Looking at porosity and bulk density, we can see that these variables have essentially a perfectly dependent (or 1-to-1) relationship. In this case, we would actually be best served to simply remove one or the other altogether to avoid overfitting the model. With regards to Completed Length, it has a fairly close tie to the Total Proppant, Total Fluid, and Total # of Stages in our Wells. Again, this is to be expected but is also a little concerning since we can pretty easily extrapolate these co-dependencies to conclude that any model we build will assign a massive amount of importance to these variables as a group. This will result in us learning that longer Wells with more Stages, Fluid and Proppant pumped will give us better Production, but won’t actually tell us which of these variables individually is most important. I’m not sure about you, but to me, that sounds like an altogether useless result. So instead of blindly plugging our data into a machine learning algorithm and blaming “useless AI” for not giving us relevant answers, let’s instead see if we can’t modify our data set somewhat.
A simple thing to try at first would be to normalize Completed Length entirely. So specifically, let’s calculate the following variables to replace the co-dependent ones we identified above:
Fluid Concentration = Total Proppant ÷ Total Fluid
Proppant Concentration = Total Proppant ÷ Completed Length
Stage Spacing = Completed Length ÷ Number of Stages
While we’re at it, since we want to normalize Completed Length out, we should also change our Target to be 12-Month Production on a per Length basis:
Normalized Production = (12-month Production ÷ Completed Length) * 100
Now, we can not only remove Completed Length from our input variables (since it is represented within our new Features and new Target), but if we look at a summary of our Input Variable dependencies, we see that our Inputs are far more independent of each other.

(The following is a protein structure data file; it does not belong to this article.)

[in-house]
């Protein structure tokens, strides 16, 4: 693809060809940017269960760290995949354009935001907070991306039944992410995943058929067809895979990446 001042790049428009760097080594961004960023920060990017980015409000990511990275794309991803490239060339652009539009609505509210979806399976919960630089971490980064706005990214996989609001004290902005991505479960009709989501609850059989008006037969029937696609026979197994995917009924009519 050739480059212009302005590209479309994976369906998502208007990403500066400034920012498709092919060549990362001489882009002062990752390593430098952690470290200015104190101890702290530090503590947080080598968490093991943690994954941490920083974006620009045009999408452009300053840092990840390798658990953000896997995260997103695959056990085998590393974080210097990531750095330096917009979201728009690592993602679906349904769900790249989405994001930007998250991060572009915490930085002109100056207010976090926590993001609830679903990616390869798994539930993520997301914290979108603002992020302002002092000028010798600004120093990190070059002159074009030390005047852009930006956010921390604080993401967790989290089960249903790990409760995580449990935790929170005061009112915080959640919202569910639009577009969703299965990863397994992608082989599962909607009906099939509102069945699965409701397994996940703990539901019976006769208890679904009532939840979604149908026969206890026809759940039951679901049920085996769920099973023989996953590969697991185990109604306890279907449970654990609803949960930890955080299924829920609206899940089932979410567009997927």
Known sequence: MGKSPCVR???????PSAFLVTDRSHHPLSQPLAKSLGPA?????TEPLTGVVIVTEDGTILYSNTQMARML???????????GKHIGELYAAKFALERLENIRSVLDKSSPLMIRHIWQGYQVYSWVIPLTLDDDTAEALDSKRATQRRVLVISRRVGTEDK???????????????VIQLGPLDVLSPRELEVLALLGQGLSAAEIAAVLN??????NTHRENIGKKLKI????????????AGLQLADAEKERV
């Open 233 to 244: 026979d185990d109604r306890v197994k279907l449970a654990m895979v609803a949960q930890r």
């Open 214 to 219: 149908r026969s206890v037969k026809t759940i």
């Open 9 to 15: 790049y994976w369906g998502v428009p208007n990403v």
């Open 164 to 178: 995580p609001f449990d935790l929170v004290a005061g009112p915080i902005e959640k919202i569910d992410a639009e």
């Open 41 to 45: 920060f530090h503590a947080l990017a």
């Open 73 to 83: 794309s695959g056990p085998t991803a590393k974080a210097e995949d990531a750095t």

Fig. 5 - We can see the correlations between our new Target Variables are much lower than seen with the previous variables.
Our new data set is as follows:
Feature Variables: Proppant Concentration, Fluid Concentration, Stage Spacing, Total Number of Stages, and Average Porosity
Target Variable: Normalized Production
I think I’ll leave it there for this edition. To recap, we’ve compiled our data set, investigated some of the underlying relationships, and did some simple analysis and data manipulation to ensure that our input data set is one well-suited to predictive modeling, and promising in terms of giving us valuable insights to take forward. We’ll save data preprocessing, predictive modeling, and evaluation of our results for next week. Thanks again for your time in reading this, and I look forward to hearing from you and continuing the discussion. As always, be sure to follow us to get the latest and greatest on everything Rogii related, and please don’t hesitate to reach out to our Team, or to me directly if any of the content here has piqued your interest!